In the last article, we went over the teardown procedures needed to accomplish a timing belt, water pump, and thermostat removal. This time we will be going over the replacement procedure and the 500,000 different torque values you need to know (not really). Be aware that some of these will be in in./lbs.
First thing you want to do here is get the roller pulleys, eccentric pulley, and hydraulic tensioner bolted down. All of these in the assembly will be torqued to 18 ft. lbs. Do not tighten down the camshaft pulleys or the eccentric pulley yet as there is a procedure for that portion during the tightening of the belt.
Start routing your new timing belt starting at the crank and working counter-clockwise around the assembly. Because this belt has teeth to keep in time, the goal is to keep tight throughout the routing. It will be slack at the end when you cross over the hydraulic tensioner. Once the belt is routed, you can install the crankshaft harmonic balancer pulley (also 18 ft. lbs.).
This is where it gets weird. Double check that both camshafts are at TDC and use the cam position holder (special tool T4005) to hold in place.
Once sure everything is aligned, place a 5MM hex key between the dampener and the pulley assembly. This determines the middle tension that the belt assembly must have during operation…IT’S IMPORTANT! DO NOT PULL THE TENSIONER PIN YET!
You now need to put you attention to the eccentric pulley and using tool T4009 (two prong with 3/8 hole for torque wrench) put 53 in. lbs (6NM) tension on the pulley before tightening it down. The belt should be taught across the assembly.
You can now remove the hex key and pull the pin from the hydraulic assembly to allow the belt to come under proper tension. Side note…allow 6 hours at a minimum to start the car as this hydraulic tensioner takes some time for the oil to stabilize at the new position after being pinned from the assembly line at production.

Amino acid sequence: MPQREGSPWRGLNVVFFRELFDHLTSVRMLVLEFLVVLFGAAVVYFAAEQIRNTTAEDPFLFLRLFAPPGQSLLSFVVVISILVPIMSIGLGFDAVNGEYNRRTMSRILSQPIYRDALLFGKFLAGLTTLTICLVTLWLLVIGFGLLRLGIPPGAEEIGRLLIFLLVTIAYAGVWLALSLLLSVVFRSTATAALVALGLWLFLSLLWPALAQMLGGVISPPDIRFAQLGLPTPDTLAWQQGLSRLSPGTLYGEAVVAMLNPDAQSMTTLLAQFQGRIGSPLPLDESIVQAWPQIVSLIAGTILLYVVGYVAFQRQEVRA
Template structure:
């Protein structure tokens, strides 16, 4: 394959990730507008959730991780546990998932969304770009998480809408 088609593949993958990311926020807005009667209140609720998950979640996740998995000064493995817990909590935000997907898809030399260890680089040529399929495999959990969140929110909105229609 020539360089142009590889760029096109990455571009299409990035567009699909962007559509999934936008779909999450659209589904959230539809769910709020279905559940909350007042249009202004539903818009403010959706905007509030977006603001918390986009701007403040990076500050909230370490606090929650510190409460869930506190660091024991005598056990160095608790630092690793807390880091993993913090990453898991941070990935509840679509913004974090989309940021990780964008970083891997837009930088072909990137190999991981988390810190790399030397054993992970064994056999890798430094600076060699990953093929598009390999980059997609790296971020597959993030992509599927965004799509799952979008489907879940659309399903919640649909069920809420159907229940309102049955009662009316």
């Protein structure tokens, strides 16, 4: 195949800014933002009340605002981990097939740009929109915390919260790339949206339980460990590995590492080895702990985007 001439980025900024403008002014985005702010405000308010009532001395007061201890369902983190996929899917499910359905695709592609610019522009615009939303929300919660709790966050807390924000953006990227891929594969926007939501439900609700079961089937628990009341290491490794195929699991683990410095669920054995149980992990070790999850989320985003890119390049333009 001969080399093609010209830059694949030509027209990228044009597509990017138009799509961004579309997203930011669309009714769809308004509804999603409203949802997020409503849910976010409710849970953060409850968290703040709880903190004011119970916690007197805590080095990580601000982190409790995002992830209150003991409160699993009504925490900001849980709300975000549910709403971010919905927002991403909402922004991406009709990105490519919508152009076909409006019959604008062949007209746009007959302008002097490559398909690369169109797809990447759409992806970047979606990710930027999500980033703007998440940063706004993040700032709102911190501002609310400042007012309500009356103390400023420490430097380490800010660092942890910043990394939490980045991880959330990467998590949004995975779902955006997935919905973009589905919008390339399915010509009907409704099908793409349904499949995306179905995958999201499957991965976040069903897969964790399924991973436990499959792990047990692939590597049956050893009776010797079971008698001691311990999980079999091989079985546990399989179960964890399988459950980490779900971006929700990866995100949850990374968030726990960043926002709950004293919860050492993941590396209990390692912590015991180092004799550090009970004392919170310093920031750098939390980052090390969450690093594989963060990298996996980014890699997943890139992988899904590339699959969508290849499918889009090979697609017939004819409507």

You now want to tighten down the camshaft sprocket bolts to 41 ft. lbs. They move freely during assembly and belt routing to allow proper tensioning of the belt.
IMPORTANT STEP: Remove the crankshaft pin tool that you installed before removing everything. Place the plug back in the block. You now need to turn the engine over by hand for two revolutions to recheck that your cams and crank are synchronized at TDC. I honestly did mine four revolutions and checked every two just to make sure. If things do not align, you need to re-pin the crank and start at the beginning of realigning everything. DO NOT START THE CAR UNTIL YOU ARE SURE.
From this point, things are easy. Replace the valve covers after replacing the Audi 4.2 valve cover gaskets (known issue point for leaks) and tighten down to prevent anything from getting inside the engine while exposed. Take everything that you took out during the teardown and replace in true Haynes manual fashion (Installation is opposite of removal).
Before you start the engine, check over and ensure everything is connected electrically and no ignition coil, sensor, or vacuum line is left unplugged. The moment of truth is the nerve racking initial cranking of the motor. If anything sounds off, turn the car off immediately.
Everything should be fine if you followed the steps, but sometimes, you may have missed something. As this is a daunting job, take your time and double check all of your work. You do that and you will be fine.